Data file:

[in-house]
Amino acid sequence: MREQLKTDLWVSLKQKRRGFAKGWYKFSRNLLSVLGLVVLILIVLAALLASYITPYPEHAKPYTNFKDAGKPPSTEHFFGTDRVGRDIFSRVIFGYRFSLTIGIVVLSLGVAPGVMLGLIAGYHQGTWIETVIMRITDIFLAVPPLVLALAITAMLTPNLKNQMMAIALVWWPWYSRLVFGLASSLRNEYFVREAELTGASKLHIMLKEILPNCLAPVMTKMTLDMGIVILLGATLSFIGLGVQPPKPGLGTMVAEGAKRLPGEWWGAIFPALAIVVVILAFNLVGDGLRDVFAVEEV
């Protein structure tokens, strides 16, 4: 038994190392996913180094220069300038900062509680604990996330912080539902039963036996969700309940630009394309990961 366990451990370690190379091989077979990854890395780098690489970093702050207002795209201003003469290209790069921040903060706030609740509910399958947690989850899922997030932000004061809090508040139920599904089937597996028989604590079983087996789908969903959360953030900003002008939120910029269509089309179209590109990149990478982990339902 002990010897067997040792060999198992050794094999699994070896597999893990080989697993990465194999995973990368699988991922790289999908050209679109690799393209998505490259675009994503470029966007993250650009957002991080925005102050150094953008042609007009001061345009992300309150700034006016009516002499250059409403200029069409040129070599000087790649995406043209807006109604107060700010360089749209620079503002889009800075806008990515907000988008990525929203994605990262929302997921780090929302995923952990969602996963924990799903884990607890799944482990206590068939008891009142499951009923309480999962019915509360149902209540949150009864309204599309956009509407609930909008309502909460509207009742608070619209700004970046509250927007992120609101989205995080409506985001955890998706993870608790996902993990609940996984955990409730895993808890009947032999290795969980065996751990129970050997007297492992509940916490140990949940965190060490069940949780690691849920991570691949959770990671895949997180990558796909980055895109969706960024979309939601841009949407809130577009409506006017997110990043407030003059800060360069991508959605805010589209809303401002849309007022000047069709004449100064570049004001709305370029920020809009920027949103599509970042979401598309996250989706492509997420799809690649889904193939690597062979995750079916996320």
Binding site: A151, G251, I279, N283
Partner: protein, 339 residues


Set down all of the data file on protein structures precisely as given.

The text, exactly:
[in-house]
Amino acid sequence: MREQLKTDLWVSLKQKRRGFAKGWYKFSRNLLSVLGLVVLILIVLAALLASYITPYPEHAKPYTNFKDAGKPPSTEHFFGTDRVGRDIFSRVIFGYRFSLTIGIVVLSLGVAPGVMLGLIAGYHQGTWIETVIMRITDIFLAVPPLVLALAITAMLTPNLKNQMMAIALVWWPWYSRLVFGLASSLRNEYFVREAELTGASKLHIMLKEILPNCLAPVMTKMTLDMGIVILLGATLSFIGLGVQPPKPGLGTMVAEGAKRLPGEWWGAIFPALAIVVVILAFNLVGDGLRDVFAVEEV
């Protein structure tokens, strides 16, 4: 038994190392996913180094220069300038900062509680604990996330912080539902039963036996969700309940630009394309990961 366990451990370690190379091989077979990854890395780098690489970093702050207002795209201003003469290209790069921040903060706030609740509910399958947690989850899922997030932000004061809090508040139920599904089937597996028989604590079983087996789908969903959360953030900003002008939120910029269509089309179209590109990149990478982990339902 002990010897067997040792060999198992050794094999699994070896597999893990080989697993990465194999995973990368699988991922790289999908050209679109690799393209998505490259675009994503470029966007993250650009957002991080925005102050150094953008042609007009001061345009992300309150700034006016009516002499250059409403200029069409040129070599000087790649995406043209807006109604107060700010360089749209620079503002889009800075806008990515907000988008990525929203994605990262929302997921780090929302995923952990969602996963924990799903884990607890799944482990206590068939008891009142499951009923309480999962019915509360149902209540949150009864309204599309956009509407609930909008309502909460509207009742608070619209700004970046509250927007992120609101989205995080409506985001955890998706993870608790996902993990609940996984955990409730895993808890009947032999290795969980065996751990129970050997007297492992509940916490140990949940965190060490069940949780690691849920991570691949959770990671895949997180990558796909980055895109969706960024979309939601841009949407809130577009409506006017997110990043407030003059800060360069991508959605805010589209809303401002849309007022000047069709004449100064570049004001709305370029920020809009920027949103599509970042979401598309996250989706492509997420799809690649889904193939690597062979995750079916996320």
Binding site: A151, G251, I279, N283
Partner: protein, 339 residues